Young Earth Creationist Picked To Review Arizona’s Evolution Curriculum

Screengrab/Arizona Origin Science Association (AzOSA)/YouTube

Joseph Kezele believes the earth is 6,000 years old and that baby dinosaurs accompanied Noah on his ark.

Arizona students were handed a real treat this year: a young earth creationist is part of the panel review the state’s standards for teaching evolution to young, impressionable minds.

According to the Arizona Republic, Superintendent Diane Douglas called upon Arizona Christian University biology teacher Joseph Kezele — who believes the earth is 6,000 years old and baby dinosaurs journeyed alongside Noah on the ark — to join a working group tasked with reviewing and editing Arizona’s science standards.

> Kezele is a biology teacher at Arizona Christian University. He also is president of the Arizona Origin Science Association and, as Flaherty puts it, “a staunch believer in the idea that enough scientific evidence exists to back up the biblical story of creation.”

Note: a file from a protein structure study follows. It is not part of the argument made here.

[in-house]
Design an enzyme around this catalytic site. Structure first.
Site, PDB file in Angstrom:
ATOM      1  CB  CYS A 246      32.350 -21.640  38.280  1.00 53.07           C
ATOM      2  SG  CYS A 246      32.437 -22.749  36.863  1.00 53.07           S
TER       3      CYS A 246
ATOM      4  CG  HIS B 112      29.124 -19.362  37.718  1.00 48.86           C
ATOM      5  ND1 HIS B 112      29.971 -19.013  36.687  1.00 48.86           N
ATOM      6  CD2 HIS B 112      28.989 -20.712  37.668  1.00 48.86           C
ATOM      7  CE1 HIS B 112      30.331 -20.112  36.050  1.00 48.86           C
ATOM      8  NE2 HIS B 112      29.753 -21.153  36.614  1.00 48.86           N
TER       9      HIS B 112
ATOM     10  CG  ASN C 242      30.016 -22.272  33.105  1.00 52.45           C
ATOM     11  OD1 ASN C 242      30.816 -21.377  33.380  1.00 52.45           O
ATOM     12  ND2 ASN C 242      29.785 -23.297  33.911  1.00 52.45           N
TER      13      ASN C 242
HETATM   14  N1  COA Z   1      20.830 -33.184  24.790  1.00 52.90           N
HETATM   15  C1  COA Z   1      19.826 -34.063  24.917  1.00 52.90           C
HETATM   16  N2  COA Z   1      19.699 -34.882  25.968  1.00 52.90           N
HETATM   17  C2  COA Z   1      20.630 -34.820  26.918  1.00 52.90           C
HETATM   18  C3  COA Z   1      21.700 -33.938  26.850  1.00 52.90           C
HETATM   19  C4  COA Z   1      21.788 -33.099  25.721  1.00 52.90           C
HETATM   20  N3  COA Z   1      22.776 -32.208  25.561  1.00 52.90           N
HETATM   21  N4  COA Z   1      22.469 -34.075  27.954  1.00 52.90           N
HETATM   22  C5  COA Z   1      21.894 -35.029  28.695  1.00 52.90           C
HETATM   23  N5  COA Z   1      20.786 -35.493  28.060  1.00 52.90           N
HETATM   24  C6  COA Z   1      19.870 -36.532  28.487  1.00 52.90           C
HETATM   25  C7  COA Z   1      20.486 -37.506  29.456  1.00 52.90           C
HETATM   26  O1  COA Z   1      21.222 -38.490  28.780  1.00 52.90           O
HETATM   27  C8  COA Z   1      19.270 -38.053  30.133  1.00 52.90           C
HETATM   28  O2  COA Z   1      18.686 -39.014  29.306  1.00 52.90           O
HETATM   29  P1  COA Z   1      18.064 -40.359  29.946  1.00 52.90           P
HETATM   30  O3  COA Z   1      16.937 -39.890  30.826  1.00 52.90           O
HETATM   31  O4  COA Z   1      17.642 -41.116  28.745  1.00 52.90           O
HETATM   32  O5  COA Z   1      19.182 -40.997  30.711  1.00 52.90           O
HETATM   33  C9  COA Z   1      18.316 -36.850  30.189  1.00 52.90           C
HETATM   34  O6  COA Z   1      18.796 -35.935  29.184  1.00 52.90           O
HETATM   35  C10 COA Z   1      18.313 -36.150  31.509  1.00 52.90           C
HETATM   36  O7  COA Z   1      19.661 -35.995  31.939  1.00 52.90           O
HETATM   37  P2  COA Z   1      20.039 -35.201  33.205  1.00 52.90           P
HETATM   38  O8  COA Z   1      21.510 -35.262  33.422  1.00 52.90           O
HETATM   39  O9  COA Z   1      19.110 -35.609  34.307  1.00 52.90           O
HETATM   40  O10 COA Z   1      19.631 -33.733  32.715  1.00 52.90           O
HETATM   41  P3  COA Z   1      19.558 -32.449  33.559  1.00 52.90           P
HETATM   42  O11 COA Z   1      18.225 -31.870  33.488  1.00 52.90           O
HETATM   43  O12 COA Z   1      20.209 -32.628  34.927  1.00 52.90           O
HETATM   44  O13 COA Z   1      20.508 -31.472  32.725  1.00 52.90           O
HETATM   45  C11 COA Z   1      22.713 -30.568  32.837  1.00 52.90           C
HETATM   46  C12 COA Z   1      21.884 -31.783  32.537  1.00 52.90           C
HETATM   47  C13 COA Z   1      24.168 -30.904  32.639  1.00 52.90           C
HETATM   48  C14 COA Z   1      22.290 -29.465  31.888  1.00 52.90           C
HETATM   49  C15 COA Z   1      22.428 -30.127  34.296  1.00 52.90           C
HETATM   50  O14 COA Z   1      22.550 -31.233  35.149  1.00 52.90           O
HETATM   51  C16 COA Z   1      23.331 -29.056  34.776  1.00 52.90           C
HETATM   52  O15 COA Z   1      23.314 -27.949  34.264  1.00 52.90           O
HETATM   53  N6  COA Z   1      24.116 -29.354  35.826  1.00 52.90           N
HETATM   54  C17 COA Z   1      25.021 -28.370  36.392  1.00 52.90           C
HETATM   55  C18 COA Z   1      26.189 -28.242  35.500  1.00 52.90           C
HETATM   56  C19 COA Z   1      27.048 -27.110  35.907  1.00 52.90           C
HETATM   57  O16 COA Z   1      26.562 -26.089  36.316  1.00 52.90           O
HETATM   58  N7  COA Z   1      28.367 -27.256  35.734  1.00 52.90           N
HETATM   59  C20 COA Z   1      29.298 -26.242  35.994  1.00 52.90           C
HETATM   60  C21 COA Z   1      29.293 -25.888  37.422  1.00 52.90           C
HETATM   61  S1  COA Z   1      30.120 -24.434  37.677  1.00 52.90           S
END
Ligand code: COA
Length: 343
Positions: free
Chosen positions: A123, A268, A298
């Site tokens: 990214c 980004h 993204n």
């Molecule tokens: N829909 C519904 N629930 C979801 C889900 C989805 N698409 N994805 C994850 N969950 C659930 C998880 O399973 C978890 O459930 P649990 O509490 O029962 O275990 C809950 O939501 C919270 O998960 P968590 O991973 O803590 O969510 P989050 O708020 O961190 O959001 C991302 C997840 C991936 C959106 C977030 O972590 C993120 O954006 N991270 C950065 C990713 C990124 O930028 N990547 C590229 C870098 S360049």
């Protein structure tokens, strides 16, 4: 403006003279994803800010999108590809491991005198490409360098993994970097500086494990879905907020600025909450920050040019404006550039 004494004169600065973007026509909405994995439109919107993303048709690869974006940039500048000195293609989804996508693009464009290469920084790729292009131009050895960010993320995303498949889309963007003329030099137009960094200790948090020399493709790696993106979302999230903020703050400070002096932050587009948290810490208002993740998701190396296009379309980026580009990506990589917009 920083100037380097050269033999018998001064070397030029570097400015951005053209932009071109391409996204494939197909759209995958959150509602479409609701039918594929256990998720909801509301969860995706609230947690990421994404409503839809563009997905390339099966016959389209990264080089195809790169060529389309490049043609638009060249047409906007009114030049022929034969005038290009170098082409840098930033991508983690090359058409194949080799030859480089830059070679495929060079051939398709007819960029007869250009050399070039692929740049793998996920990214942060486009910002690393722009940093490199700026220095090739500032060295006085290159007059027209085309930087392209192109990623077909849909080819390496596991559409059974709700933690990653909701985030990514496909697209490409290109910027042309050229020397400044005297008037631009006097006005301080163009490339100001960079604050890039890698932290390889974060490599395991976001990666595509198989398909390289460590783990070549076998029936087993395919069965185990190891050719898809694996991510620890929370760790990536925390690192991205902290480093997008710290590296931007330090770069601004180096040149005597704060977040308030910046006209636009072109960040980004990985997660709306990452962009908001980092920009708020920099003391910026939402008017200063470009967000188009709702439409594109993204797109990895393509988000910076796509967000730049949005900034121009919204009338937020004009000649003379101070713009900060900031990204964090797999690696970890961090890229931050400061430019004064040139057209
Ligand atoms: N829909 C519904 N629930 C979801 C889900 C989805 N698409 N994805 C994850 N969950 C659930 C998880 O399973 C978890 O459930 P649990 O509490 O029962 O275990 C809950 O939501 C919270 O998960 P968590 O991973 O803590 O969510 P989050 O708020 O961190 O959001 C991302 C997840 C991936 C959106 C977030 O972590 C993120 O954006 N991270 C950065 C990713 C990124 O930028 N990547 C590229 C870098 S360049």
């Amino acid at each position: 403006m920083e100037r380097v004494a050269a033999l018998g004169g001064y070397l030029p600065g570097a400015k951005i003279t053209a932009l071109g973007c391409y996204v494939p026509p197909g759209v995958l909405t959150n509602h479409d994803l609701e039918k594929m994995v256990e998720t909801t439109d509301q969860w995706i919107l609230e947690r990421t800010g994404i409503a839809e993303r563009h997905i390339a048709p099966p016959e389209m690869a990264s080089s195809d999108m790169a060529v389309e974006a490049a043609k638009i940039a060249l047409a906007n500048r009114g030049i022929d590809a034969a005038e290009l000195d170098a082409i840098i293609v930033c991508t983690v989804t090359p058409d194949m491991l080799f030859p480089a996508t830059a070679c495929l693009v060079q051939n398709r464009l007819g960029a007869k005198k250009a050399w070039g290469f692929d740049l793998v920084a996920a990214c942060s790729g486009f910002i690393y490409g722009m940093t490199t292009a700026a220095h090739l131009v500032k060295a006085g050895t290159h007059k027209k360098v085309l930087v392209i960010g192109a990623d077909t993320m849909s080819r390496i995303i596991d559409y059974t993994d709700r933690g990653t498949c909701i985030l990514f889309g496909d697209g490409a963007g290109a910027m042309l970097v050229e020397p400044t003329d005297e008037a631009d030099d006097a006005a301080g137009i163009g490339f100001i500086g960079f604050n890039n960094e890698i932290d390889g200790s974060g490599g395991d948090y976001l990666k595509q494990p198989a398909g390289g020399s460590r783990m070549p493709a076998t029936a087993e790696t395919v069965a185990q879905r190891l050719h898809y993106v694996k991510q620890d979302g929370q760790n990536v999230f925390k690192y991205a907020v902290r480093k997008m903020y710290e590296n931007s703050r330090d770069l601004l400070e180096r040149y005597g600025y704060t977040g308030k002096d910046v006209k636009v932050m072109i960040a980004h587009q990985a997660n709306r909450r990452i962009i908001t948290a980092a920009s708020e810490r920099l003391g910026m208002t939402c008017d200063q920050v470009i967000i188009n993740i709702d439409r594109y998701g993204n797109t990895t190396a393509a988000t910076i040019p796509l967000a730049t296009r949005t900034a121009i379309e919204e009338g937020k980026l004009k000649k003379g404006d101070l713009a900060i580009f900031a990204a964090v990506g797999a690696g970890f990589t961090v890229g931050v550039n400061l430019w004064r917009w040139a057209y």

> Douglas has been working for awhile now to bring a little Sunday school into science class. This spring she took a red pen to the proposed new science standards, striking or qualifying the word “evolution” wherever it occurred.

Douglas also insisted last year that creationism be taught alongside evolution:

> “Should the theory of intelligent design be taught along with the theory of evolution? Absolutely,” Douglas said at the time. “I had a discussion with my staff, because we're currently working on science standards, to make sure this issue was addressed in the standards we're working on.”


> Thus comes Kezele, appointed last month to an eight-person panel tapped with doing a final edit on the draft standards, which will have to be approved by the state Department of Education.

Kezele has said there is plenty of science to support the biblical creation account and believes students should learn about it.

> "I'm not saying to put the Bible into the classroom, although the real science will confirm the Bible," Kezele told Flaherty. "Students can draw their own conclusions when they see what the real science actually shows."

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